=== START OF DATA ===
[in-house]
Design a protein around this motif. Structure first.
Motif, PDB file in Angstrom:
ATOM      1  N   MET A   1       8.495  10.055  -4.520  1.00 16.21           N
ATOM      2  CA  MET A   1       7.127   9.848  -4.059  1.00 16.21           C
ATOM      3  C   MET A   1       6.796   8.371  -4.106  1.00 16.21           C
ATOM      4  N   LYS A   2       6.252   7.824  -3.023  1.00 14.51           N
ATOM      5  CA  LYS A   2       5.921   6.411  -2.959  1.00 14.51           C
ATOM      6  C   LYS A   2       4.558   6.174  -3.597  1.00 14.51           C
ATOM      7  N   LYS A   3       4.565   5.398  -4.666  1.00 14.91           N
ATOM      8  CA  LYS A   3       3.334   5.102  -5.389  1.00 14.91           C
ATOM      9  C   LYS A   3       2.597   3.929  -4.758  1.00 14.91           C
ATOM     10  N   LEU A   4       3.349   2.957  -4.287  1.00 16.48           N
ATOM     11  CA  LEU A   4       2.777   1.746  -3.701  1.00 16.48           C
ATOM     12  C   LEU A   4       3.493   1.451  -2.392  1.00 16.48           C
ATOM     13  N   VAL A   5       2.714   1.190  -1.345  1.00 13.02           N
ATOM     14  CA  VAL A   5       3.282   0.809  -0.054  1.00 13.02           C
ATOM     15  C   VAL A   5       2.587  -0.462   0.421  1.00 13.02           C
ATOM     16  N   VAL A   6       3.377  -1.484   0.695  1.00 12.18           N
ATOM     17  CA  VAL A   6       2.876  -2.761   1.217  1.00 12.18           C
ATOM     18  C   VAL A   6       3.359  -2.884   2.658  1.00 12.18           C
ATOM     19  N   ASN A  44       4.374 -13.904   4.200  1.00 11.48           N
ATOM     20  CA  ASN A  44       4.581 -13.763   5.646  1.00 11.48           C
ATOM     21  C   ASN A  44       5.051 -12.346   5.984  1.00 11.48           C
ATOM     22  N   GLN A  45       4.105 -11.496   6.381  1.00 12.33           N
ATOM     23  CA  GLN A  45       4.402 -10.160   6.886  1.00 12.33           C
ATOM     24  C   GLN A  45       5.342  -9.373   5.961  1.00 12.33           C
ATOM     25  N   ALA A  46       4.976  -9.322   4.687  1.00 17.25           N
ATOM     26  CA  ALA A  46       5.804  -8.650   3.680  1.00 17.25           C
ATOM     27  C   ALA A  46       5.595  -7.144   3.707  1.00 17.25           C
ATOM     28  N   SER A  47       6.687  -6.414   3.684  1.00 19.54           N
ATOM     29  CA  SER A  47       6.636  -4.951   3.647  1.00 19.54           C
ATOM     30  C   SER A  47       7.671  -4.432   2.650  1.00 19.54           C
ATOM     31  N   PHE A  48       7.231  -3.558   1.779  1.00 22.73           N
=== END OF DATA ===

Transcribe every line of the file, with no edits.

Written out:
[in-house]
Design a protein around this motif. Structure first.
Motif, PDB file in Angstrom:
ATOM      1  N   MET A   1       8.495  10.055  -4.520  1.00 16.21           N
ATOM      2  CA  MET A   1       7.127   9.848  -4.059  1.00 16.21           C
ATOM      3  C   MET A   1       6.796   8.371  -4.106  1.00 16.21           C
ATOM      4  N   LYS A   2       6.252   7.824  -3.023  1.00 14.51           N
ATOM      5  CA  LYS A   2       5.921   6.411  -2.959  1.00 14.51           C
ATOM      6  C   LYS A   2       4.558   6.174  -3.597  1.00 14.51           C
ATOM      7  N   LYS A   3       4.565   5.398  -4.666  1.00 14.91           N
ATOM      8  CA  LYS A   3       3.334   5.102  -5.389  1.00 14.91           C
ATOM      9  C   LYS A   3       2.597   3.929  -4.758  1.00 14.91           C
ATOM     10  N   LEU A   4       3.349   2.957  -4.287  1.00 16.48           N
ATOM     11  CA  LEU A   4       2.777   1.746  -3.701  1.00 16.48           C
ATOM     12  C   LEU A   4       3.493   1.451  -2.392  1.00 16.48           C
ATOM     13  N   VAL A   5       2.714   1.190  -1.345  1.00 13.02           N
ATOM     14  CA  VAL A   5       3.282   0.809  -0.054  1.00 13.02           C
ATOM     15  C   VAL A   5       2.587  -0.462   0.421  1.00 13.02           C
ATOM     16  N   VAL A   6       3.377  -1.484   0.695  1.00 12.18           N
ATOM     17  CA  VAL A   6       2.876  -2.761   1.217  1.00 12.18           C
ATOM     18  C   VAL A   6       3.359  -2.884   2.658  1.00 12.18           C
ATOM     19  N   ASN A  44       4.374 -13.904   4.200  1.00 11.48           N
ATOM     20  CA  ASN A  44       4.581 -13.763   5.646  1.00 11.48           C
ATOM     21  C   ASN A  44       5.051 -12.346   5.984  1.00 11.48           C
ATOM     22  N   GLN A  45       4.105 -11.496   6.381  1.00 12.33           N
ATOM     23  CA  GLN A  45       4.402 -10.160   6.886  1.00 12.33           C
ATOM     24  C   GLN A  45       5.342  -9.373   5.961  1.00 12.33           C
ATOM     25  N   ALA A  46       4.976  -9.322   4.687  1.00 17.25           N
ATOM     26  CA  ALA A  46       5.804  -8.650   3.680  1.00 17.25           C
ATOM     27  C   ALA A  46       5.595  -7.144   3.707  1.00 17.25           C
ATOM     28  N   SER A  47       6.687  -6.414   3.684  1.00 19.54           N
ATOM     29  CA  SER A  47       6.636  -4.951   3.647  1.00 19.54           C
ATOM     30  C   SER A  47       7.671  -4.432   2.650  1.00 19.54           C
ATOM     31  N   PHE A  48       7.231  -3.558   1.779  1.00 22.73           N